Despite remarkable medical and surgical advances, congenital heart defects (CHD) continue to be associated with significant morbidity and early mortality and present a substantial public health concern. However, the etiology of CHD is poorly understood and thus preventive strategies and therapies based on mechanism of disease are few. Evidence suggests that both genetic and environmental factors contribute to the etiology of CHD and it is increasingly apparent that CHD are complex genetic traits where the risk of disease is determined by the combination of multiple genetic factors. Research suggests that genetic factors influence clinical outcome as well. With rapid technological and methodological advances, large scale genomic analyses to identify genetic risk factors in common diseases characterized as complex traits are now possible but require large study cohorts. The establishment of the Pediatric Cardiac Genomics Consortium promises to overcome this last hurdle. This application proposes to perform genome wide studies in a large, related group of CHD, namely conotruncal defects, to identify genetic risk factors for disease. The association of genetic variants (single nucleotide polymorphisms and copy number variants) with the risk of disease will be tested in a discovery cohort, and findings replicated exactly in a replication cohort. Systems analyses to discover disease related pathways will also be performed. In conjunction with pre-existing samples, cases ascertained by the Consortium will allow for full-cohort and subgroup analyses defined by specific diagnoses. Analyses will be followed by deep sequencing of associated genes, CNVs and members of pathways to identify specific disease-related genetic alterations. Finally, analyses exploring the association of genotype with clinical outcome in the subset of cases with tetralogy of Fallot will be performed. The proposed studies provide a relatively unbiased approach to identify novel genetic risk factors for this large group of CHD. In conjunction with discoveries from the Developmental Biology Consortium, these studies will identify novel mechanisms of disease and begin to advance opportunities for the prevention and therapy of CHD and associated morbidities.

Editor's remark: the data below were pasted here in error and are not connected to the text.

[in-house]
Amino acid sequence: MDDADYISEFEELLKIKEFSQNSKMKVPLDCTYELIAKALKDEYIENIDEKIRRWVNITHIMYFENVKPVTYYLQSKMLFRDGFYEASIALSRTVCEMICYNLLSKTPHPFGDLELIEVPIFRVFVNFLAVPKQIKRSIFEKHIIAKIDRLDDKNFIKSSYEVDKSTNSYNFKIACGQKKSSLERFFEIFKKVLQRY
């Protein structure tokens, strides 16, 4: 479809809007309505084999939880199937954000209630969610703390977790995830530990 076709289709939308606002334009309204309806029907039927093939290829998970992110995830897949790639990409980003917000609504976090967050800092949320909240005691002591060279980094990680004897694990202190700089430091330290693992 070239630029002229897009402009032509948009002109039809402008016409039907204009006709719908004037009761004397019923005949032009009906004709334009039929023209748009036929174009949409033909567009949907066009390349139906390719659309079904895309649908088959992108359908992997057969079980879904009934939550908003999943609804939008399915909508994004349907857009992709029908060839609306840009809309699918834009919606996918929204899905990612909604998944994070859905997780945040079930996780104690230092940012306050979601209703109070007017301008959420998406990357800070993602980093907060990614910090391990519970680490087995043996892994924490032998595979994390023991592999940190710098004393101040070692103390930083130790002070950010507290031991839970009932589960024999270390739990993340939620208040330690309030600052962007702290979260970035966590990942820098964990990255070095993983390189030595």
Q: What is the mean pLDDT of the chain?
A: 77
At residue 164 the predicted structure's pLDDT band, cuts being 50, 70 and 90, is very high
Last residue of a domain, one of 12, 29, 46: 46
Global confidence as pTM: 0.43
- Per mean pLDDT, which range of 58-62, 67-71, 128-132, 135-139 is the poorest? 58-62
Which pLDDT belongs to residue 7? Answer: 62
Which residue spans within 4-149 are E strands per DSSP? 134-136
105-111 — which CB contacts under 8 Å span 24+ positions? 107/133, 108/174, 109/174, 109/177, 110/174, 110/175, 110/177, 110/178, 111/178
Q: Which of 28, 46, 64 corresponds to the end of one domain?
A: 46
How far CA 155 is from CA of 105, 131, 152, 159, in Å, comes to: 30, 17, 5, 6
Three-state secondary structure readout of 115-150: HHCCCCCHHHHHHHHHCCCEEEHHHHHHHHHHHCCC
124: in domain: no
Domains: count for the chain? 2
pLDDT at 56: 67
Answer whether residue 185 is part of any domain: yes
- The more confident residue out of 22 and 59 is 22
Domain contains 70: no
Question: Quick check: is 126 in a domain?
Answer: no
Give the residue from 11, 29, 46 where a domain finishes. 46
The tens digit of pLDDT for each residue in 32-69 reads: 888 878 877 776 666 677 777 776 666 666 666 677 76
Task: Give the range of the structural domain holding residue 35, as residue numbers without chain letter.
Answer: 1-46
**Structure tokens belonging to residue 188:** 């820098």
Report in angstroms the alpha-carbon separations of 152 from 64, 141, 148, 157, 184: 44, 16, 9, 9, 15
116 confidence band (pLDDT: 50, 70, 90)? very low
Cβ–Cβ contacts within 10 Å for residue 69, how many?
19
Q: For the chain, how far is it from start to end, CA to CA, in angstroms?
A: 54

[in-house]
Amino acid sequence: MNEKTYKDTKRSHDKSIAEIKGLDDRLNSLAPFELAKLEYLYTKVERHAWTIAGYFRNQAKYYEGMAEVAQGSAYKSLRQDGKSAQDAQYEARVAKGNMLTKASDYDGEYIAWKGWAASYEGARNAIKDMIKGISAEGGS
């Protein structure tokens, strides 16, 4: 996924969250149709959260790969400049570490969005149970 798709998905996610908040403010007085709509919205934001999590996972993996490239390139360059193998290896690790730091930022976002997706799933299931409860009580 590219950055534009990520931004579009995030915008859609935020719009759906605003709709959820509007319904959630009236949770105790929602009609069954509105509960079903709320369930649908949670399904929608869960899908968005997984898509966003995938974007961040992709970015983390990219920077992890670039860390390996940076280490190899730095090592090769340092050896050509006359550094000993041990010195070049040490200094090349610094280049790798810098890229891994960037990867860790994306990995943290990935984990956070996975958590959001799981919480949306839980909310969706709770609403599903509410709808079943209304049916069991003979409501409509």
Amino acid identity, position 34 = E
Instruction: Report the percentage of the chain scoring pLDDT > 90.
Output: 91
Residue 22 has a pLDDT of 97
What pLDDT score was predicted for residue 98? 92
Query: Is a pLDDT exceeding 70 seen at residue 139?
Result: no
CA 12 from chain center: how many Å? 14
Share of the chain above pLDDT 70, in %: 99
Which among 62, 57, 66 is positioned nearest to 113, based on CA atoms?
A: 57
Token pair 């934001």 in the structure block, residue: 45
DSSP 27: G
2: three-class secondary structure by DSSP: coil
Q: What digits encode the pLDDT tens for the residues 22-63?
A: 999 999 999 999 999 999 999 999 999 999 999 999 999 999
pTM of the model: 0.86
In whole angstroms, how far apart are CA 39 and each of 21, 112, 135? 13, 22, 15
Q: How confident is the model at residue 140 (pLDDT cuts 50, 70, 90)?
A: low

Congenital heart defects (CHD) are the most common, major birth defect and continue to be associated with significant life-long morbidities and early mortality. These studies will begin to identify genetic factors for a large subset of CHD whose etiology is otherwise poorly understood. Such discoveries will provide insight into the mechanisms of disease and allow for more strategic preventive and therapeutic health measures.
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